It works in a way similar to Tinder because authentication comes from Facebook, but the difference with Coffee Meets Bagel is that it’s only going to recommend matches who are friends of your friends. Then the really magic can begin. Every day at noon, you’ll be presented with a single match (aka the “Bagel”) that was hand-picked based on common interests and geography. Coffee Meets Bagels says attraction is also included with the formula to create matches, but I’m not confident that there’s a real algorithm to determine it. Mutual friends shared between you and your Bagel are displayed, and then you can decide whether or not to like or pass on that Bagel within twenty-four hours. Assuming both of you like other’s profile, a private chat is built for you two to get to know each other more by exchanging messages and answering ice breaker questions.
Over time, Coffee Meets Bagel learns what you do and don’t like in an effort to improve the Bagel selection. And in case you’re the shy type that will never ask someone else out on a date, Coffee Meets Bagel pushes for you and your Bagel to meet.
The success of Coffee Meets Bagel for you, considering it’s still relatively new, mighty vary but the service claims to have generate over 1 million dates while matching five hundred pairs on a weekly basis. Does it hurt to try the app? No, because using Coffee Meets Bagel is free of any charges.
Every of other app listed is missing something at the core that Grindr has: a focus on a specific group of people. Grindr is the world’s leading “social network app” for gay, bisexual, and sexually-curious men. It’s used by over 2 million users in two hundred countries on a daily basis, but those who enter Grindr should go into it with the understanding that the majority of fellow users are seeking hookups. Getting dates out of Grindr is certainly possible; however, don’t be surprised if a blank profile randomly messages you with something as brief and direct as “u lookin?” You’ll need to be a mature person to handle what Grindr’s users send your way.
Grindr is location-based, so all guys on your grid are within a reasonable distance. Select a profile picture and then you can read about the person before starting a chat with them. Profiles are limited to a headline, age, short bio, height, weight, ethnicity, body type, expectations, and relationship status. If that’s not enough for you to build the perfect profile, the app allows linking to Facebook, Twitter, and Instagram accounts. That’s really all there is to Grindr before the messaging begins. Also, you can use some of the items as parameters for a filter to see the exact type of guy you want.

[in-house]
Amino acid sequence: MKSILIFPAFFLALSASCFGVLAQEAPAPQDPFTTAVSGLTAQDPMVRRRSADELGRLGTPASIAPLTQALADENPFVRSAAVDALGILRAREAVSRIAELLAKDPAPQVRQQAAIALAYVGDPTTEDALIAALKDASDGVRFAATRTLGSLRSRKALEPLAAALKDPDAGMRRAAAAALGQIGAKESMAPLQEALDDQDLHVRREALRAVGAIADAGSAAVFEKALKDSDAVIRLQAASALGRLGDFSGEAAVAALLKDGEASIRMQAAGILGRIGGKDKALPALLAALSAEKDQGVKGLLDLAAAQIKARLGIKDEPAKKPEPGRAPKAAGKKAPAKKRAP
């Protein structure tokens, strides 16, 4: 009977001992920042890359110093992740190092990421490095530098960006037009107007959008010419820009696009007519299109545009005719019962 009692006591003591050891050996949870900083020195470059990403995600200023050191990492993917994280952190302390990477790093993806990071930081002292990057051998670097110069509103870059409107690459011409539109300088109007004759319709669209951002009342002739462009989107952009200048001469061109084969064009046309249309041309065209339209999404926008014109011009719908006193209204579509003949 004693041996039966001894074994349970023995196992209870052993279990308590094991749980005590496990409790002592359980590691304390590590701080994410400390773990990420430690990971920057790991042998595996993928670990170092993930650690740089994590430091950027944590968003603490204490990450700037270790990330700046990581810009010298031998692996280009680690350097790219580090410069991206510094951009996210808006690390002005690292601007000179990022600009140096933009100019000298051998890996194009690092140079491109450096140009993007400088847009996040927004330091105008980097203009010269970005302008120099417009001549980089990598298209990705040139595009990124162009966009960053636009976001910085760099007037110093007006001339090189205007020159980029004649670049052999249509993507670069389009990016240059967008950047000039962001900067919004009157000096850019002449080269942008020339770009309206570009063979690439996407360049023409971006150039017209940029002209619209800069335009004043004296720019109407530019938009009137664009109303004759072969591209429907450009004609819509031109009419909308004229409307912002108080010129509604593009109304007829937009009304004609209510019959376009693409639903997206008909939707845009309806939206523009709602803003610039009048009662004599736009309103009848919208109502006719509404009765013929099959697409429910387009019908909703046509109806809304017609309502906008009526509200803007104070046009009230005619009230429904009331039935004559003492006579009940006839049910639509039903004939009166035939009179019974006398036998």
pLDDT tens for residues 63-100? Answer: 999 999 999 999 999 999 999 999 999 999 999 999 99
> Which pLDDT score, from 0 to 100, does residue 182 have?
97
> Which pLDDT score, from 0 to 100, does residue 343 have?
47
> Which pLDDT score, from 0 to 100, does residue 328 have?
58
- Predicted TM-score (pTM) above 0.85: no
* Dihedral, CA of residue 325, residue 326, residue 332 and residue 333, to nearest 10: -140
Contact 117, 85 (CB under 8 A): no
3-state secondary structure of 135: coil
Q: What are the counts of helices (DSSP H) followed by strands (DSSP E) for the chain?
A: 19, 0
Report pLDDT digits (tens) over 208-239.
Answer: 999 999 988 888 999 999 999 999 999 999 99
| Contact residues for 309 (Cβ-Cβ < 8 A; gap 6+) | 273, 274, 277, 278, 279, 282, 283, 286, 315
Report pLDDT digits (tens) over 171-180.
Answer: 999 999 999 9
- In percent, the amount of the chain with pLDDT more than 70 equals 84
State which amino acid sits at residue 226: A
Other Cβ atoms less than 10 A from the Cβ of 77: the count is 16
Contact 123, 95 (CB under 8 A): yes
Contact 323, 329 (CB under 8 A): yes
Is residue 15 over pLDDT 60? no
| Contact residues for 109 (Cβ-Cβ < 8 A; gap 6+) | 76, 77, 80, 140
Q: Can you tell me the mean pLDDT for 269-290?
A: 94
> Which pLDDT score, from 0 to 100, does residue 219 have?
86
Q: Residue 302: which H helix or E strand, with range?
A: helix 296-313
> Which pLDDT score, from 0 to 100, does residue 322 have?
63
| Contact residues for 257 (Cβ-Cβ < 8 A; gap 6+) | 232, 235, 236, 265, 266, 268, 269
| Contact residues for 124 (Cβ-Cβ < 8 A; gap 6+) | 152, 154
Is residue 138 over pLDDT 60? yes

The popularity of Grindr, especially among gay men, is insane. Most forgo using anything else because the app gets the job done so well. Grindr’s population is high, the design is simple (albeit dated), and it’s free to use. Grindr Xtra adds things like an ad-free experience, push notifications, and unlimited blocks, and those features can be experienced at no cost with the free 14-day trial.
Grindr should greatly improve later this year because Beijing Kunlun Tech Company invested around $100 million in the company.
A collection of the best dating apps wouldn’t be whole without mentioning the world’s top dating service, Match. Millions of singles have used Match because of its proven track record and success rate, leading to the service being first in dates, relationships, and marriages. Having twenty-one years of experience in the business has allowed Match to build an algorithm to deliver matches almost guaranteed to get along with you. Of course, the only downfall is lack of physical attractiveness between you and matches. An algorithm can’t solve what pleases the eye.
The Match app built like its own little social network with four distinct sections: Matches, Search, Viewed Me, Mixer. Matches goes match-by-match with profile previews, giving you to the option to express interest in someone or move one. Viewed Me tells you exactly who checked out your profile. Mixer, which takes notes from Tinder, presents a profile and asks you to swipe left or right; therefore, both of you swiping right will facilitate more interaction because you know there’s at least some type of interest. Always at the top of the app’s user interface are buttons for viewing chats, your own profile, and notifications.
The turnoff of getting yourself onto Match is its price. Although accessible on the web and mobile devices (and even Android Wear), Match is very expensive. A single month of Match costs $40 but you can pay a lower monthly fee by subscribing long-term. A commitment of twelve months lowers the monthly fee to $20. However, like any good service, Match offers free trials before telling you to pay for its superior algorithm. Will singles in their early-to-mid twenties use Match? I doubt it. But an older crowd will continue using Match because of its relaxed, feature-packed nature.